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DIY: A Homemade Terrazzo Table by Heju of Paris

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DIY: A Homemade Terrazzo Table by Heju of Paris

January 31, 2018

In the moments when they’re not running their Paris design firm, Heju, 25-year-old architects Hélène Pinaud and Julien Schwartzmann love to make things. They post their DIY inventions on the Heju blog, and Hachette in France collected them in a book, Design It Yourself: 35 Objets Design à Petits Prix et à Faire Soi-Même. One of our new favorites is the duo’s DIY terrazzo table, their poor man’s answer to the labor-intensive and pricey finish. They came up with the project after not succeeding in including terrazzo in one of their architectural commissions: frustration fueled months of thinking and testing, and led to their little speckled table, which makes use of broken tile rather than marble fragments. They kindly agreed to share it with us.

N.B.: This is the second in a series of Heju projects we’ll be presenting. Over at The Organized Home, we recently spotlighted the Heju DIY Wall Organizer.

Photography courtesy of Heju.

Perfect for use as a coffee table or side table, the design is entirely DIY, including the wood-and-brass base.
Above: Perfect for use as a coffee table or side table, the design is entirely DIY, including the wood-and-brass base.
The tabletop is a mix of cement, sand, and grout inset with colored tile fragments.
Above: The tabletop is a mix of cement, sand, and grout inset with colored tile fragments.

Terrazzo is traditionally made of marble (or other stone) chips set into a cement matrix that’s polished to a high sheen. Decorative and hardwearing, it’s often seen as lobby flooring in historic buildings. Of late, the finish has made a comeback, thanks to, among others, British designer Max Lamb: See An Effortlessly Cool Cafe in Amsterdam. We’ve also recently admired terrazzo Chez Marie Sixtine in Paris and in a Danish Designer’s Handmade Kitchen. The Heju version is less involved, but requires a bit more time and labor than most of their DIYs.

The tabletop has a textured look but a smooth finish. It can be any color combination; Hélène and Julien chose a pastel palette.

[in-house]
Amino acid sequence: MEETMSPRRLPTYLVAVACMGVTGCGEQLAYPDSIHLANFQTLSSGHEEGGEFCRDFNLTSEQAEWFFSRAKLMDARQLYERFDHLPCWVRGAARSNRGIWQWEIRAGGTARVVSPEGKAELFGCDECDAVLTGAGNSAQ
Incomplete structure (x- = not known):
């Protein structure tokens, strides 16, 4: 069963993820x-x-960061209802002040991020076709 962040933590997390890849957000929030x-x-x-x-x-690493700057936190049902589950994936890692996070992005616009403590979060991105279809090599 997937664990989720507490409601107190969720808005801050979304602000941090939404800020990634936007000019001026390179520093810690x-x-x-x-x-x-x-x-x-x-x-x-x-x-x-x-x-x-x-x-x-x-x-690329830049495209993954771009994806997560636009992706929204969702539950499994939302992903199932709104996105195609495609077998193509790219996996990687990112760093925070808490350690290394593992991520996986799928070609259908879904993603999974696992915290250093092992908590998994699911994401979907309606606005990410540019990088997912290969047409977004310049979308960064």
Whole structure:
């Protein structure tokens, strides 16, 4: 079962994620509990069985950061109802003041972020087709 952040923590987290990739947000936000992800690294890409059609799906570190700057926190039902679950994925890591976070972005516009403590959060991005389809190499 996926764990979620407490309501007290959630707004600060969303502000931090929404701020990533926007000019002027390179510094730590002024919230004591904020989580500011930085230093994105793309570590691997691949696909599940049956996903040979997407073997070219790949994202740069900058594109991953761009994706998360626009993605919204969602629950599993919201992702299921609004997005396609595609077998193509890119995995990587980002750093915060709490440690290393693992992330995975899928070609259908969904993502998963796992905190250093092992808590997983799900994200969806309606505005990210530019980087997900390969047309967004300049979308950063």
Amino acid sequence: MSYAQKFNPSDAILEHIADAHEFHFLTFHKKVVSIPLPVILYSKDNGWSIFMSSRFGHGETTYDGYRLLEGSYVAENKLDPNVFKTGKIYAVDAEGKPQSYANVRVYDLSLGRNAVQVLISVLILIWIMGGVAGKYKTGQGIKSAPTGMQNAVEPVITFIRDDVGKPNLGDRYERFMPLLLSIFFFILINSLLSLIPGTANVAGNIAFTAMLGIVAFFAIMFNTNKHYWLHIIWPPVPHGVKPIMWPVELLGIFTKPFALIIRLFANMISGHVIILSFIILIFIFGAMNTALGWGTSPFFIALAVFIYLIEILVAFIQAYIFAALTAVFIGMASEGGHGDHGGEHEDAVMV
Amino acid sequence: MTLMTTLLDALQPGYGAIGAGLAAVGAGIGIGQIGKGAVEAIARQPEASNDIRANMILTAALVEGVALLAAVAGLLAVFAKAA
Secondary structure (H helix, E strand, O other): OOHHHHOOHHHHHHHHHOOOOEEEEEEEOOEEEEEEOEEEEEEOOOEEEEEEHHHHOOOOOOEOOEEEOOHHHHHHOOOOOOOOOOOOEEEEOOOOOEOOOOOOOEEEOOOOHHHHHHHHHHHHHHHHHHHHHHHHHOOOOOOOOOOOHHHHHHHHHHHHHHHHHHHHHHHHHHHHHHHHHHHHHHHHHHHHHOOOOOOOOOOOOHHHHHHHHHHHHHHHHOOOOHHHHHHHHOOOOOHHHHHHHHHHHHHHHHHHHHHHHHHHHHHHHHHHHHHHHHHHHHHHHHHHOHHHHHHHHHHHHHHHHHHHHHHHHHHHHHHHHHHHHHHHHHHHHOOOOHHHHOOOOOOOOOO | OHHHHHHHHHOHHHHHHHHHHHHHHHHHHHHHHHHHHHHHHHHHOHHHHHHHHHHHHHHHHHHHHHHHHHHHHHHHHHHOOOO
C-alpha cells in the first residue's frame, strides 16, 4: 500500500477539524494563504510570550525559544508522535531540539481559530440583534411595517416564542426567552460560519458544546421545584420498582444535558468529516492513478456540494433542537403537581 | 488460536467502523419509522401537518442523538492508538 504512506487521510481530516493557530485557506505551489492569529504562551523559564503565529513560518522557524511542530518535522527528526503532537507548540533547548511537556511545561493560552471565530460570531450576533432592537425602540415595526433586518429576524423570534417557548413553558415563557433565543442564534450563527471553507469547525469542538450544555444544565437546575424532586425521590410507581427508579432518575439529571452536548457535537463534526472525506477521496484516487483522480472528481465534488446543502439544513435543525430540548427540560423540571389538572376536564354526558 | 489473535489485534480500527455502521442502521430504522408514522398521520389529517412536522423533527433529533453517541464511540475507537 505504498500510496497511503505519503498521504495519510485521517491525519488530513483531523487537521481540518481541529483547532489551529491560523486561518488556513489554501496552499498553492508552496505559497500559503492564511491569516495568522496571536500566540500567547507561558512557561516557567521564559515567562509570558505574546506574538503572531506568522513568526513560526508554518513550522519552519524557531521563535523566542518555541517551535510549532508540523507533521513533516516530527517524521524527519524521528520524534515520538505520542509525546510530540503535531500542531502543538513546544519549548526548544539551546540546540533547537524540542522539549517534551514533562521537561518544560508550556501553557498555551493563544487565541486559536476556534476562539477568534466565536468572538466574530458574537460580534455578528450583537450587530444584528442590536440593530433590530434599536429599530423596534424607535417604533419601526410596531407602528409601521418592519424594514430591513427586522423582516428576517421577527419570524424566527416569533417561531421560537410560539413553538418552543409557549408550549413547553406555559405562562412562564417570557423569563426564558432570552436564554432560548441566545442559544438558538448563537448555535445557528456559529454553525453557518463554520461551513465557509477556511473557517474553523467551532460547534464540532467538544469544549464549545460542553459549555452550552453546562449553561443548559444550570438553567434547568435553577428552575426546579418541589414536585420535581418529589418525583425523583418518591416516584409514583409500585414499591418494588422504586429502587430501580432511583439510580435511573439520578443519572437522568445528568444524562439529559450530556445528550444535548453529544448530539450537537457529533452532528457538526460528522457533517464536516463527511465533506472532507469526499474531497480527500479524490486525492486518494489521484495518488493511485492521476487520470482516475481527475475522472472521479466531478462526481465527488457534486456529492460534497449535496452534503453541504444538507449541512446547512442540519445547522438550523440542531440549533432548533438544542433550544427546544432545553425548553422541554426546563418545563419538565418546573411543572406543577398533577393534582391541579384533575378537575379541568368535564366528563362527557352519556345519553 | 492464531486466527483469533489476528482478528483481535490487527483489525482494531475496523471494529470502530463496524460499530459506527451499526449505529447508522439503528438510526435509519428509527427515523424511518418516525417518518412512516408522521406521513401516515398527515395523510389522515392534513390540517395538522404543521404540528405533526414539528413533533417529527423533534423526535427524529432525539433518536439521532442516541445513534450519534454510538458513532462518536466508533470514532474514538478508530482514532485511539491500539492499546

Above: The tabletop has a textured look but a smooth finish. It can be any color combination; Hélène and Julien chose a pastel palette.

Tools and Materials for the Top

This is a two-part project: It involves putting together the table base and then the terrazzo top.
Above: This is a two-part project: It involves putting together the table base and then the terrazzo top.

Materials include panels of MDF, a 1.5-kilo (3.3-pound) bag of white cement, 3 kilos (6.6 pounds) of fine sand (available from pet- and garden-supply stores), pale-pink grout, and ceramic tiles for breaking into pieces. For the full specs and step-by-step on how to make the table base, go to Heju.

Instructions

An MDF tray serves as the base for the concrete-sand-grout-tile mix. It’s made by gluing precut pieces of MDF with a neoprene glue, such as Loctite; $8.10.
Above: An MDF tray serves as the base for the concrete-sand-grout-tile mix. It’s made by gluing precut pieces of MDF with a neoprene glue, such as Loctite; $8.10.
The fun part: hammering the tiles into fragments. “The goal is to get different sizes of stones and especially abstract shapes,” explain Hélène and Julien. “For a natural result, we advise against using too perfect or too square pieces.”
Above: The fun part: hammering the tiles into fragments. “The goal is to get different sizes of stones and especially abstract shapes,” explain Hélène and Julien. “For a natural result, we advise against using too perfect or too square pieces.”
The tile fragments are evenly sprinkled over the tray and also mixed into “the dough.”
Above: The tile fragments are evenly sprinkled over the tray and also mixed into “the dough.”
The concrete, sand, and grout combination are mixed with water until they’re “the consistency of a beauty mask.”
Above: The concrete, sand, and grout combination are mixed with water until they’re “the consistency of a beauty mask.”
The mixture is poured like cake batter into the frame and then evenly troweled. The tricky part is smoothing out the concrete without displacing the tile fragments.
Above: The mixture is poured like cake batter into the frame and then evenly troweled. The tricky part is smoothing out the concrete without displacing the tile fragments.
After the top is fully dry—it takes about three days—the MDF panels on the side are removed, and the top is turned over to reveal the terrazzo effect. For a smooth finish, use a fine-grit sandpaper. Hélène and Julien left theirs as is, but note you can also add varnish, if desired.
Above: After the top is fully dry—it takes about three days—the MDF panels on the side are removed, and the top is turned over to reveal the terrazzo effect. For a smooth finish, use a fine-grit sandpaper. Hélène and Julien left theirs as is, but note you can also add varnish, if desired.

The Finished Look

The designers admit the project takes some doing, “but to have a homemade terrazzo effect, it’s worth it, no?”
Above: The designers admit the project takes some doing, “but to have a homemade terrazzo effect, it’s worth it, no?”

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